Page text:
If you purchased your computer in the past few years, it probably has a solid-state drive. SSDs are faster than older, mechanical hard drives and use flash memory instead of magnetic platters. But the downside of the technology is that securely deleting files from an SSD is very hard. SSDs use a technique called wear leveling to prolong life, but a side effect of this process is that data can remain on a drive even after you’ve erased it. Instead of using special software to erase an SSD’s contents, you’re better off encrypting the drive, which employs a mathematical process to muddle up the data using a passkey that only you have. Without the key, files on the drive look like gibberish—even if someone succeeds in recovering files, that person still won’t be able to open them.
The good news: Encrypting your storage drive is simple. This is something we recommend doing for every computer with an SSD, even if you’re not selling it. You can also encrypt mechanical hard drives for the same reason, but the process takes a particularly long time, and it’s easier to do a good-enough job of removing data on mechanical drives.
Chromebooks usually use solid-state storage, but Google enables encryption by default, so if you’re resetting a Chromebook, you can skip this section.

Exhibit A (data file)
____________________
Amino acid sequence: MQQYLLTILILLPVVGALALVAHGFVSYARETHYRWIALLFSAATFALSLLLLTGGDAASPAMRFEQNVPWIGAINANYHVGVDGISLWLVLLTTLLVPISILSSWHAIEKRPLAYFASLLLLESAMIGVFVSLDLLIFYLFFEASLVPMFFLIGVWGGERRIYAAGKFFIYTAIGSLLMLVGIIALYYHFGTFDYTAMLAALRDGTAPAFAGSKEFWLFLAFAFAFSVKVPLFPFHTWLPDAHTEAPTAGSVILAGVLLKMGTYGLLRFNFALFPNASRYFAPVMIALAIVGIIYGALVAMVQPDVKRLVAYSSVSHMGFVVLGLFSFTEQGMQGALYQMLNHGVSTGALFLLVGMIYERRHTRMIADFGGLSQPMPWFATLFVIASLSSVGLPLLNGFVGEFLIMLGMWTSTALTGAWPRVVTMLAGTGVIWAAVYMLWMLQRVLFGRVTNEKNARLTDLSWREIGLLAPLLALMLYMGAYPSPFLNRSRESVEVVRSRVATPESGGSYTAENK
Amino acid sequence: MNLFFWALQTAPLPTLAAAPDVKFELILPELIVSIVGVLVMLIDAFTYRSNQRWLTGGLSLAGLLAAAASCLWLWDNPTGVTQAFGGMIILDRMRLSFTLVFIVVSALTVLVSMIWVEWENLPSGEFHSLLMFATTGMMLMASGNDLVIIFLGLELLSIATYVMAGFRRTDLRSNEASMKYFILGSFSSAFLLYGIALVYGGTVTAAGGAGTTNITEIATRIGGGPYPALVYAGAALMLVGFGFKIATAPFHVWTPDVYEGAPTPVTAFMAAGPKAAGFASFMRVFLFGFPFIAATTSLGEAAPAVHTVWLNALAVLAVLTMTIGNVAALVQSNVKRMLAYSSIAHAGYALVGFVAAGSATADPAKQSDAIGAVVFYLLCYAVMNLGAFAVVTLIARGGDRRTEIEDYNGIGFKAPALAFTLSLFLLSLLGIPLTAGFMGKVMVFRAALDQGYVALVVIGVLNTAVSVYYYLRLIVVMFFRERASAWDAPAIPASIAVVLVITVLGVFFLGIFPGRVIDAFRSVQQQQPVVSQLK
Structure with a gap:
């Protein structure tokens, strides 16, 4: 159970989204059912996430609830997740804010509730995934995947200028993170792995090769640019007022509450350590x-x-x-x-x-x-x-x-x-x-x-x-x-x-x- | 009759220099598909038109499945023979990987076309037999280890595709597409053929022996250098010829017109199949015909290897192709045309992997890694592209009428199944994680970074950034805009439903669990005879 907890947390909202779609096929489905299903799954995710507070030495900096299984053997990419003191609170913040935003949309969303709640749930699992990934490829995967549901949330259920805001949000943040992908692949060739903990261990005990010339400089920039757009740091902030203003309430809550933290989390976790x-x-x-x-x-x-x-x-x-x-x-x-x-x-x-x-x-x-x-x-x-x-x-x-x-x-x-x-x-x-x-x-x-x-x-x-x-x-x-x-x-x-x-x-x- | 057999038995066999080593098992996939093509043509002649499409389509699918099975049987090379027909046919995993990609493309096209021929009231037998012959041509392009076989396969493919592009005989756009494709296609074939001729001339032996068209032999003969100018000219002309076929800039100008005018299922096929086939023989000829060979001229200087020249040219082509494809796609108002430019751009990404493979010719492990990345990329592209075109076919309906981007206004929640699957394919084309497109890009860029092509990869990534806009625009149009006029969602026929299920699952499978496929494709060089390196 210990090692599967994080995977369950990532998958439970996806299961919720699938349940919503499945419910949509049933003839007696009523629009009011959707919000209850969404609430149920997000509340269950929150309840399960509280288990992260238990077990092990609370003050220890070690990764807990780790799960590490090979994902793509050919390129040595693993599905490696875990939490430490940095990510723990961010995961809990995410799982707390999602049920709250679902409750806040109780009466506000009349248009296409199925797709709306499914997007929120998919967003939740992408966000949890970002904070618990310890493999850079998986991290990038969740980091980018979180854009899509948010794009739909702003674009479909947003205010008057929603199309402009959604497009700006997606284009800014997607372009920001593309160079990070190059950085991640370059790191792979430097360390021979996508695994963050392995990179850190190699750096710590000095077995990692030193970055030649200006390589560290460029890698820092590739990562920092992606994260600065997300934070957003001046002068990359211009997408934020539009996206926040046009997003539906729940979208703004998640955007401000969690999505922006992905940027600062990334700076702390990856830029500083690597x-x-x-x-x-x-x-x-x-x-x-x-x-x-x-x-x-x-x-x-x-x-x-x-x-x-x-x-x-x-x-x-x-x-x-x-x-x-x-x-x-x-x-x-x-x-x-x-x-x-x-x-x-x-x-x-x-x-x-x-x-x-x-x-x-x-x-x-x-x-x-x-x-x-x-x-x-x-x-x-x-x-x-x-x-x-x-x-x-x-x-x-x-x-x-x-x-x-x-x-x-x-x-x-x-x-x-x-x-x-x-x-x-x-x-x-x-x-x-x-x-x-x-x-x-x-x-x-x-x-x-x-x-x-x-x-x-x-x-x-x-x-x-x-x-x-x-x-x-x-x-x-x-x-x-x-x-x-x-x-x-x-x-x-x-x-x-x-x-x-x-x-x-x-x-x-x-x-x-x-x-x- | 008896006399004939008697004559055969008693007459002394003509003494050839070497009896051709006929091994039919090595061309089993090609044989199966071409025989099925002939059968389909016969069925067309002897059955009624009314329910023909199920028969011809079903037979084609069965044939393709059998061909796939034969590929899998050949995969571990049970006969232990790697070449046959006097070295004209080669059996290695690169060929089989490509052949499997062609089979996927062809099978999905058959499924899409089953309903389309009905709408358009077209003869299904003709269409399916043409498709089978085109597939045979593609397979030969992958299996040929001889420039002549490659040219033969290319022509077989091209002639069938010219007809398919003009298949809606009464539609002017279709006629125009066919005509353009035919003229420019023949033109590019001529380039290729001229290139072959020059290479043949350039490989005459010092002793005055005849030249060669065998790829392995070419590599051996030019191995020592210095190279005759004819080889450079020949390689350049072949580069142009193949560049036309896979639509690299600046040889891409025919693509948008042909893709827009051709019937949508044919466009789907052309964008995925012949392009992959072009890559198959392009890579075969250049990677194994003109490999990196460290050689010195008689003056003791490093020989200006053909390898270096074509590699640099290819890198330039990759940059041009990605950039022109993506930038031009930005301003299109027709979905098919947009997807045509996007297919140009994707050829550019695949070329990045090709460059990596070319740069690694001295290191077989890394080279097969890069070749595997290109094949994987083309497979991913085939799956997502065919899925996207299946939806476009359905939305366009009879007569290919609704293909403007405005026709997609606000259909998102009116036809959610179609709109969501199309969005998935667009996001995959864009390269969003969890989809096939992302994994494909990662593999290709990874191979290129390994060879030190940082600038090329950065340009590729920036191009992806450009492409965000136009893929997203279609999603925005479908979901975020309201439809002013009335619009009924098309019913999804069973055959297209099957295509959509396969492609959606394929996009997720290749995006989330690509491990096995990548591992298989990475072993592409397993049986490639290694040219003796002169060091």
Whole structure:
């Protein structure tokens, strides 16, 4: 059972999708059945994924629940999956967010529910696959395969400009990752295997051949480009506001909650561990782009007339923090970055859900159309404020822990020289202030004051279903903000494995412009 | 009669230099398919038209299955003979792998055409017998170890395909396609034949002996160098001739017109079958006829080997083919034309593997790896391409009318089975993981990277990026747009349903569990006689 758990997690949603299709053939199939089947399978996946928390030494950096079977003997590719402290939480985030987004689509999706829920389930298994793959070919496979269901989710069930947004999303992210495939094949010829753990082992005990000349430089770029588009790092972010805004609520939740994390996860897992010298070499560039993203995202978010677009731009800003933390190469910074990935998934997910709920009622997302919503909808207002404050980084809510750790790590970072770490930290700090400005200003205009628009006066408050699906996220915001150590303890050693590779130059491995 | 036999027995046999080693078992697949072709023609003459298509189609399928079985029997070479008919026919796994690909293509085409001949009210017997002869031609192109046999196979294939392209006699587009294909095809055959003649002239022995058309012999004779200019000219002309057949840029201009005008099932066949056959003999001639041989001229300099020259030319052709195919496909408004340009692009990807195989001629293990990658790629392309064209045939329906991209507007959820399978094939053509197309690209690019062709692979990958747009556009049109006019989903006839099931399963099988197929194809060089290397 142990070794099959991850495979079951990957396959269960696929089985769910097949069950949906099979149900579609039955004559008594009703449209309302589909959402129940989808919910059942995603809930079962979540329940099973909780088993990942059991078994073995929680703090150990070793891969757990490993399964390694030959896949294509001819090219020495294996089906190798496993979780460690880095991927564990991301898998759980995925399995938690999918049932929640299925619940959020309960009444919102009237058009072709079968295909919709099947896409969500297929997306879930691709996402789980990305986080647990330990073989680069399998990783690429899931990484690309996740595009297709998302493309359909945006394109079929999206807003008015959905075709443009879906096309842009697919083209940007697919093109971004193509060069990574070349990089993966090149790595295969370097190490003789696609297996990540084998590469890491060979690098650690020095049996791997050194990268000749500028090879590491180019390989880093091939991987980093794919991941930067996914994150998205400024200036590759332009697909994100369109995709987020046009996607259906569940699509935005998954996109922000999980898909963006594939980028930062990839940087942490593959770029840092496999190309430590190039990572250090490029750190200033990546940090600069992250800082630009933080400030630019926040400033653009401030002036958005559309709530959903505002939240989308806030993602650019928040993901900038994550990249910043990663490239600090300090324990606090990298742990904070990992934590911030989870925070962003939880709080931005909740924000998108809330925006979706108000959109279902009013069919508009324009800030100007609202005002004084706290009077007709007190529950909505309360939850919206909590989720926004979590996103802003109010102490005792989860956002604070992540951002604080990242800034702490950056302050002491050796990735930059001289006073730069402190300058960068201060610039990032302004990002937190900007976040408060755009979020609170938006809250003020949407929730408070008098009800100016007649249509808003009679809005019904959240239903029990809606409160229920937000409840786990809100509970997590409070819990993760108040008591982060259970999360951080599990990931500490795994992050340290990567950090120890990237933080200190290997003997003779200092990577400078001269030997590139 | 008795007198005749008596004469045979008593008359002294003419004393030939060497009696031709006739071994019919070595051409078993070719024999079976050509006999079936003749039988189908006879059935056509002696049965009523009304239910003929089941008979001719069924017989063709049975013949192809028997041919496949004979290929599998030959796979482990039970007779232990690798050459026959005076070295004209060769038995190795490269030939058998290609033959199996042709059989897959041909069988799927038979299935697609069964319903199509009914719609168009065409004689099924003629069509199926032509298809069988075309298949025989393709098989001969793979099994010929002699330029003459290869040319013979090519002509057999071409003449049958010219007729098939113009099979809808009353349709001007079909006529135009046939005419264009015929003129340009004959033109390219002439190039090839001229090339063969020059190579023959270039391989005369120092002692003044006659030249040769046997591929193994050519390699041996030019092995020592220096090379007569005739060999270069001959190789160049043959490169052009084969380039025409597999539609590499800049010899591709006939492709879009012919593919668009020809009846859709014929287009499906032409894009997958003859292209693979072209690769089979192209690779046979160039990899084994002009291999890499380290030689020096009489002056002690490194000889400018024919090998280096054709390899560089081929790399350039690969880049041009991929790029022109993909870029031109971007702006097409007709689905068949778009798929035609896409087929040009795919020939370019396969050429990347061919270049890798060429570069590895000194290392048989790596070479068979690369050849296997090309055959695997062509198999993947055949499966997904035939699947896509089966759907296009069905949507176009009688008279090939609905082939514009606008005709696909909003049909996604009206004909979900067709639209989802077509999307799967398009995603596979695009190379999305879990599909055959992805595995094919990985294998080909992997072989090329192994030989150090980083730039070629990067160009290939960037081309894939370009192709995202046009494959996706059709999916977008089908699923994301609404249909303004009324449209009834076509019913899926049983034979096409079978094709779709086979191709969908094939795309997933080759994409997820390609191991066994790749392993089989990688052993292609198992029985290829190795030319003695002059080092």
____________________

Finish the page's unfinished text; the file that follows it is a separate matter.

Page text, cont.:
If you have a Windows computer, encrypting your storage drive can be a little tricky and depends on which version of Windows your computer has and what components you have installed.
Some Windows laptops have device encryption enabled by default. To check:
- Click the Start menu and then select Windows Administrative Tools > System Information (or type “system information” into the search menu in the taskbar).
- Look for Device Encryption Support; if you find it, and it says “Meets prerequisites,” it’s enabled on your computer already.
If that’s not an option, look for the built-in encryption tool, BitLocker, which is available in Windows 10 Pro, Education, and Enterprise:
- Open Control Panel.
- Click System and Security.
- Click Manage BitLocker.
- Click Turn on BitLocker.
BitLocker can also encrypt external drives, including SD cards and flash drives, which is a more secure way to delete files on such drives before formatting.
If BitLocker isn’t an option, you’ll need to turn to third-party software. We like VeraCrypt, but keep in mind that its encryption process is more complicated than BitLocker’s. Some SSD manufacturers may also provide software for securely erasing their SSDs, though we haven’t tested any of those utilities.
Macs have had the same free encryption tool—called FileVault 2—since 2011, and the process is the same in every version of macOS:
- Open System Preferences.
- Click Security & Privacy.
- Select the FireVault tab.
- Click Turn on FileVault.
- In OS X Yosemite and later, you’re prompted to use either your iCloud password or a recovery key (since you’re wiping the drive, either choice is fine).